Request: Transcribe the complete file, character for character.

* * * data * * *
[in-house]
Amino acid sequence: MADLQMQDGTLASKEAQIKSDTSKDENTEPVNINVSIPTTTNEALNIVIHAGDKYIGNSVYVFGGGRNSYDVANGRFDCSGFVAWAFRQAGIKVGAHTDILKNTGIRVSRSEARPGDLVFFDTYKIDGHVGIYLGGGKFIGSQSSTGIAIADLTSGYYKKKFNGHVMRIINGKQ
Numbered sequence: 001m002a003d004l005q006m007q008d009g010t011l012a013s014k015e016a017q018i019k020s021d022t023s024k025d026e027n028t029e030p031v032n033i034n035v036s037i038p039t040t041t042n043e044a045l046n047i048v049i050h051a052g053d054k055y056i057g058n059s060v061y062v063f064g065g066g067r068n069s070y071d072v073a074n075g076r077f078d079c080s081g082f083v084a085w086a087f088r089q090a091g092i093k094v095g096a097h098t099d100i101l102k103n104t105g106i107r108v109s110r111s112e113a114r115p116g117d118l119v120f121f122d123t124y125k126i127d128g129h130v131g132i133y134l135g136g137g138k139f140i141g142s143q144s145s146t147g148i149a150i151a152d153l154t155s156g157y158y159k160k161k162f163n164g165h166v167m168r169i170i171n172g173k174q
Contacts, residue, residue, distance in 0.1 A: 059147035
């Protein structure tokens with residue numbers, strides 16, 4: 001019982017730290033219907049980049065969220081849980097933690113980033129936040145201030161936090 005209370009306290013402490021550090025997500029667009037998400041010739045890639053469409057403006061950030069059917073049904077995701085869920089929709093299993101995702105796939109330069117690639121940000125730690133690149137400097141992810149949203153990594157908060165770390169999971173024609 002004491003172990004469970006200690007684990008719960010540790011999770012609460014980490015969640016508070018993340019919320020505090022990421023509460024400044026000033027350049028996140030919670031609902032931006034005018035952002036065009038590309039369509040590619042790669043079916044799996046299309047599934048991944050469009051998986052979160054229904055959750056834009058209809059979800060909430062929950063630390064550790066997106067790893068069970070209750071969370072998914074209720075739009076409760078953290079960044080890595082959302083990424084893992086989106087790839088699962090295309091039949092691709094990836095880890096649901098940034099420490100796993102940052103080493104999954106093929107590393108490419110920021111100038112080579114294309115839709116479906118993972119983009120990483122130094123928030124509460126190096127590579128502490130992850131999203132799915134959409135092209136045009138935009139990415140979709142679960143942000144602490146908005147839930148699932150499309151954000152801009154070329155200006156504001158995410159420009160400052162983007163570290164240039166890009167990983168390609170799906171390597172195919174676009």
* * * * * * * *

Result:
[in-house]
Amino acid sequence: MADLQMQDGTLASKEAQIKSDTSKDENTEPVNINVSIPTTTNEALNIVIHAGDKYIGNSVYVFGGGRNSYDVANGRFDCSGFVAWAFRQAGIKVGAHTDILKNTGIRVSRSEARPGDLVFFDTYKIDGHVGIYLGGGKFIGSQSSTGIAIADLTSGYYKKKFNGHVMRIINGKQ
Numbered sequence: 001m002a003d004l005q006m007q008d009g010t011l012a013s014k015e016a017q018i019k020s021d022t023s024k025d026e027n028t029e030p031v032n033i034n035v036s037i038p039t040t041t042n043e044a045l046n047i048v049i050h051a052g053d054k055y056i057g058n059s060v061y062v063f064g065g066g067r068n069s070y071d072v073a074n075g076r077f078d079c080s081g082f083v084a085w086a087f088r089q090a091g092i093k094v095g096a097h098t099d100i101l102k103n104t105g106i107r108v109s110r111s112e113a114r115p116g117d118l119v120f121f122d123t124y125k126i127d128g129h130v131g132i133y134l135g136g137g138k139f140i141g142s143q144s145s146t147g148i149a150i151a152d153l154t155s156g157y158y159k160k161k162f163n164g165h166v167m168r169i170i171n172g173k174q
Contacts, residue, residue, distance in 0.1 A: 059147035
């Protein structure tokens with residue numbers, strides 16, 4: 001019982017730290033219907049980049065969220081849980097933690113980033129936040145201030161936090 005209370009306290013402490021550090025997500029667009037998400041010739045890639053469409057403006061950030069059917073049904077995701085869920089929709093299993101995702105796939109330069117690639121940000125730690133690149137400097141992810149949203153990594157908060165770390169999971173024609 002004491003172990004469970006200690007684990008719960010540790011999770012609460014980490015969640016508070018993340019919320020505090022990421023509460024400044026000033027350049028996140030919670031609902032931006034005018035952002036065009038590309039369509040590619042790669043079916044799996046299309047599934048991944050469009051998986052979160054229904055959750056834009058209809059979800060909430062929950063630390064550790066997106067790893068069970070209750071969370072998914074209720075739009076409760078953290079960044080890595082959302083990424084893992086989106087790839088699962090295309091039949092691709094990836095880890096649901098940034099420490100796993102940052103080493104999954106093929107590393108490419110920021111100038112080579114294309115839709116479906118993972119983009120990483122130094123928030124509460126190096127590579128502490130992850131999203132799915134959409135092209136045009138935009139990415140979709142679960143942000144602490146908005147839930148699932150499309151954000152801009154070329155200006156504001158995410159420009160400052162983007163570290164240039166890009167990983168390609170799906171390597172195919174676009």